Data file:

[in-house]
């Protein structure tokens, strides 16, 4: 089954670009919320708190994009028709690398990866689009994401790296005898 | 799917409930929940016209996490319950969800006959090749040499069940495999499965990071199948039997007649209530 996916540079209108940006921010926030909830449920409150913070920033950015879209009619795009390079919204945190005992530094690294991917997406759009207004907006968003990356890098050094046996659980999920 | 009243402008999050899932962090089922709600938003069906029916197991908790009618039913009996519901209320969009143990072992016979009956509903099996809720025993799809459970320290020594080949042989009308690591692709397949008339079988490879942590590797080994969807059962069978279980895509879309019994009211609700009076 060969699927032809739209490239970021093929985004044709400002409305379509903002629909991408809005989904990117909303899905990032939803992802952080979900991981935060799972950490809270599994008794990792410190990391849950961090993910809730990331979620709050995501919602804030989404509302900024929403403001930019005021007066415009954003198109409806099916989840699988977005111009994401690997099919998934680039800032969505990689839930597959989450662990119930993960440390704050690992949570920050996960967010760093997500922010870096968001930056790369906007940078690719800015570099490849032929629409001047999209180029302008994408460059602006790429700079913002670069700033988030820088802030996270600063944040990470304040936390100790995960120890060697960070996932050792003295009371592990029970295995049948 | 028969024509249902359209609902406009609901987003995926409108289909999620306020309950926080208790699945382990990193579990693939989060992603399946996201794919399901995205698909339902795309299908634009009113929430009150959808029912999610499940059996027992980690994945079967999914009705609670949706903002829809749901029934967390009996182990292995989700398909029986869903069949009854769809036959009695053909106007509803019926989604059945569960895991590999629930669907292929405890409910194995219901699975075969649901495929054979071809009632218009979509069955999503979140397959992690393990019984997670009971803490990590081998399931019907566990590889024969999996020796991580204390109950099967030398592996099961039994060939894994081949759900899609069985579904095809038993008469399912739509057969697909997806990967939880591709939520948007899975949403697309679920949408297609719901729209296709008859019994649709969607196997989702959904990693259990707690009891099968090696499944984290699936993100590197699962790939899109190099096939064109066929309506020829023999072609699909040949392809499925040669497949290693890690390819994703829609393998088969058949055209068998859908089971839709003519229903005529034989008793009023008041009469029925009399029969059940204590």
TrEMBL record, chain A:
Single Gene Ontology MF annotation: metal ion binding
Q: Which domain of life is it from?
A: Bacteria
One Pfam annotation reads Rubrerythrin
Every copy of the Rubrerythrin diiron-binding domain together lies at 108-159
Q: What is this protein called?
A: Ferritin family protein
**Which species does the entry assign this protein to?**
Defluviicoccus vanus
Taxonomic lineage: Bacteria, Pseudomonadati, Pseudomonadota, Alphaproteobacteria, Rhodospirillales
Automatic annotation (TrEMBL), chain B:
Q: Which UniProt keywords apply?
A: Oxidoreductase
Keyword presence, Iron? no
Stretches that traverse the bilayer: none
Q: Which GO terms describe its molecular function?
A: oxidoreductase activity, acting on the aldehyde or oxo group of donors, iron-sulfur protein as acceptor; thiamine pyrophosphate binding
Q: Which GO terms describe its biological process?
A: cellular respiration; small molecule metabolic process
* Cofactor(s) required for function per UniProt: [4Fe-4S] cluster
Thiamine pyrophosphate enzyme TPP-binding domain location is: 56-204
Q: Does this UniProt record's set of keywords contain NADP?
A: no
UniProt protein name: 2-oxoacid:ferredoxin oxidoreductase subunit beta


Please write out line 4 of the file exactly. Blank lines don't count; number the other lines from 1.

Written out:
Single Gene Ontology MF annotation: metal ion binding